On Friday 05 June 2009 00:51:12 Mikkel L. Ellertson wrote: > Gerhard Magnus wrote: > > I recently had to deal with my ISP about a connectivity problem that > > turned out to be on their end. (The tech referred to linux as lie-nux > > and insisted on doing everything in XP which I fortunately had > > dual-booted.) But in the process of working through this it was > > necessary for me to describe the way I'd set up my LAN here and he > > seemed incredulous. This wouldn't bother me except that I've gotten this > > reaction before from people in the outside world but never an > > explanation. So I'm asking: is there something weird about this > > structure? Is there some "better" or more standard setup? > > > > The DSL modem Actiontec modem provided by Quest plugs into the phone > > jack. The Actiontec is an older model with only one ethernet plug. Since > > I have four boxes, two of which are dual booting Fedora and XP, I have > > an ethernet cable connecting the modem to the DSL plug of a Linksys > > router. I then have separate cables connecting the four outlets on the > > router to each of the four boxes. (I did all this cabling at a time > > before wireless routing was as available and cheap as it is today.) > > > > Each of the six operating systems (4 linux and 2 XP) has a static IP > > address and each has a firewall. I have NFS running on the linux > > systems. There's another firewall on the router, which is currently > > port-forwarding only ssh and torrent data from the outside world. > > > > I thought I'd check this out before going further.... > > > Well, I only have 2 PCs and a printer with wired connections - the > rest are wireless connections. I also have a virtual machine or two > with a bridged connection. They all go through a Netgear wireless > router. I have static addresses for most of the machines, but I did > it using the dhcp server configuration. (If I change NICs, I have to > change the dhcp server configuration.) > > About the only strange this is that I have 2 IP addresses set up for > my laptop - one for the wired connection, and one for the wired > connection. (3 if you count when it makes a VPN connection from > somewhere else...) > Isn't it unusual to connect the modem to the DSL socket on the router? The only time I've set up one where I had to use the supplied modem I used the router as a switch, connecting the modem to one of the LAN sockets. Anne -- New to KDE4? - get help from http://userbase.kde.org Just found a cool new feature? Add it to UserBase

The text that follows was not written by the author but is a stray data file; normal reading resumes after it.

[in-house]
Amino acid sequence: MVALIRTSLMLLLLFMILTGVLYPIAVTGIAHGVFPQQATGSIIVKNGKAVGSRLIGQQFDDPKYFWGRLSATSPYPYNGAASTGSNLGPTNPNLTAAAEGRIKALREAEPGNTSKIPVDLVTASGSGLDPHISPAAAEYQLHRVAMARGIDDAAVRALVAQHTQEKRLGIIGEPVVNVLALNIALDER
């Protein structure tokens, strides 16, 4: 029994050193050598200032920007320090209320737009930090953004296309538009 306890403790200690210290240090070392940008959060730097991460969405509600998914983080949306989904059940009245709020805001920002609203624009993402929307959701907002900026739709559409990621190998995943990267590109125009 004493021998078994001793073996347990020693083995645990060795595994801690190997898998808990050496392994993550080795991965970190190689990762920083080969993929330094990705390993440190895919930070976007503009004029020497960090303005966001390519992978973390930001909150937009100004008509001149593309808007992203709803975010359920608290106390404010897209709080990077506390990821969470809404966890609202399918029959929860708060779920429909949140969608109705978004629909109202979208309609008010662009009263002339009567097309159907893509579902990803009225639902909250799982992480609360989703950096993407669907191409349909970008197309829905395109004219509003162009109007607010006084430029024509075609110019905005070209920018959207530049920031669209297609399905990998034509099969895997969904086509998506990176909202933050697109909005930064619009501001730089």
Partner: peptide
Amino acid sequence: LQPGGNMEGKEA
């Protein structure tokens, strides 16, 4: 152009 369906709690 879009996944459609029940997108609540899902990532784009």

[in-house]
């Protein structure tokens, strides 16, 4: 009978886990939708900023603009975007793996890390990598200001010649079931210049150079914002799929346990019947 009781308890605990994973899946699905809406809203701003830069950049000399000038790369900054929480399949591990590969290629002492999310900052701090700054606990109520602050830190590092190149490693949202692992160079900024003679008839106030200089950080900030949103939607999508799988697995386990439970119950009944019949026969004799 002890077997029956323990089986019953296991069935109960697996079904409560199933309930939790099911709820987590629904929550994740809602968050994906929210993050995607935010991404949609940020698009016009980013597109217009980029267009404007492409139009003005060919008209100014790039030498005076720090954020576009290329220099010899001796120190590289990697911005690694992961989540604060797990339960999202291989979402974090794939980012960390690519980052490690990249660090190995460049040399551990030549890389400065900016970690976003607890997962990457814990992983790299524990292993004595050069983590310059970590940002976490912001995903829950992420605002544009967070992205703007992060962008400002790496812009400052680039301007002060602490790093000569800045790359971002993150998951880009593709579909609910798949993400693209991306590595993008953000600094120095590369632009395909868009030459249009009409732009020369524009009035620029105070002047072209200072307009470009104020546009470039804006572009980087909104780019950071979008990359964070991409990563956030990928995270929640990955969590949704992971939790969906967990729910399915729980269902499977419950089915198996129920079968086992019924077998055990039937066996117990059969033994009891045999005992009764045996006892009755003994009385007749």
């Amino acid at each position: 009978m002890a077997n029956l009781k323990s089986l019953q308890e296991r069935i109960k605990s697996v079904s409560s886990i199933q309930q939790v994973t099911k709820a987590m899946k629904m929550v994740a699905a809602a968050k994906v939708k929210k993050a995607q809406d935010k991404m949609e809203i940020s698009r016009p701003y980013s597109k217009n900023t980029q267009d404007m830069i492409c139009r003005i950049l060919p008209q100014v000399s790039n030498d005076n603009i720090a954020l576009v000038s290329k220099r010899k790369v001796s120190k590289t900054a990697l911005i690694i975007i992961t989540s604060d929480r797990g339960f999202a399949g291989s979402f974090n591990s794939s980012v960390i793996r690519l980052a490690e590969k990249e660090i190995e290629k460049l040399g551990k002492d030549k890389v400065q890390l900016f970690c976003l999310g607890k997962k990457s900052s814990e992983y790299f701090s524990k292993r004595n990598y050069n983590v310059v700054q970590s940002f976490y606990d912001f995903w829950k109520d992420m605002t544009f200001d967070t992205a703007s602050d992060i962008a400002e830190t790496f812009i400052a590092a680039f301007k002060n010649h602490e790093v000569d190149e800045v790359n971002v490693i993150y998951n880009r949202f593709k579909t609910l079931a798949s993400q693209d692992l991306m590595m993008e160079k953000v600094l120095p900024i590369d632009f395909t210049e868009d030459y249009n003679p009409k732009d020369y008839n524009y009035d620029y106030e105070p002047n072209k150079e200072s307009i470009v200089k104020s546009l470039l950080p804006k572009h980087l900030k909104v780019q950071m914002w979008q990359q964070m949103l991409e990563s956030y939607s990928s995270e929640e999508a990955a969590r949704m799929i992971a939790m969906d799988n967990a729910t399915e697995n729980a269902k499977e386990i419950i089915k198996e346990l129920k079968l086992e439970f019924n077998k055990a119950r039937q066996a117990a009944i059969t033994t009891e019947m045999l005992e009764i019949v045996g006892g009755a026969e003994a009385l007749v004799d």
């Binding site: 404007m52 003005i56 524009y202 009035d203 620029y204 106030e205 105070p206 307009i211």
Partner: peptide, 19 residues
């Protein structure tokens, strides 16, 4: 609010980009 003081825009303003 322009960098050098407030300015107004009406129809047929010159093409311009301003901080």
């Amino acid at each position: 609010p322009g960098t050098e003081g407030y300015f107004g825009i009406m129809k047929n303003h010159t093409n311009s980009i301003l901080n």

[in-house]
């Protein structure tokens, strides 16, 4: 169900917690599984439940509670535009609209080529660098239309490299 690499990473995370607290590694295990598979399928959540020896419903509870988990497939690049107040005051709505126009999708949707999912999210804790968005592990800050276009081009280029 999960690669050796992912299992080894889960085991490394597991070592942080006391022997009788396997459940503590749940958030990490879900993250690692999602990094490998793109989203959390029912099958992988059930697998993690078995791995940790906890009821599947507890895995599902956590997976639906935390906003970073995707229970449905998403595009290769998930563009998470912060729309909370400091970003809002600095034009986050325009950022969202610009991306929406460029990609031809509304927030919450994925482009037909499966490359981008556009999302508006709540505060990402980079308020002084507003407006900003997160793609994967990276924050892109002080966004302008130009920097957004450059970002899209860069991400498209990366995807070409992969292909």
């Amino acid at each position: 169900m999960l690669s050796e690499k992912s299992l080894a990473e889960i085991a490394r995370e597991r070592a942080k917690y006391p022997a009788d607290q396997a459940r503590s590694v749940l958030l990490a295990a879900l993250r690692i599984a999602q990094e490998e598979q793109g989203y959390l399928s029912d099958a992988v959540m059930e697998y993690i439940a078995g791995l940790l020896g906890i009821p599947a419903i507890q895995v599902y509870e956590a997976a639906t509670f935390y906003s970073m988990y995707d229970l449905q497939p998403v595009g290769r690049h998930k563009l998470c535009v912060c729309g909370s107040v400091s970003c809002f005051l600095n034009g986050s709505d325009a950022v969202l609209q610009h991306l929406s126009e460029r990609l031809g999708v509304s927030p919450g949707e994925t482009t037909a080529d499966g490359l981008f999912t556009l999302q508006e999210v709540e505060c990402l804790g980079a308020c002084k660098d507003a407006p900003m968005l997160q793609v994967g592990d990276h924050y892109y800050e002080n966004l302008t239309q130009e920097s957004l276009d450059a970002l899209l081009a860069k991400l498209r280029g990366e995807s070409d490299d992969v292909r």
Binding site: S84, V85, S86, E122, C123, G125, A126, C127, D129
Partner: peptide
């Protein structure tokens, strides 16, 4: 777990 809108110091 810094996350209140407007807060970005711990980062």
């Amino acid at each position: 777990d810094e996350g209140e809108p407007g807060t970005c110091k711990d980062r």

Description: This is a digitally signed message part.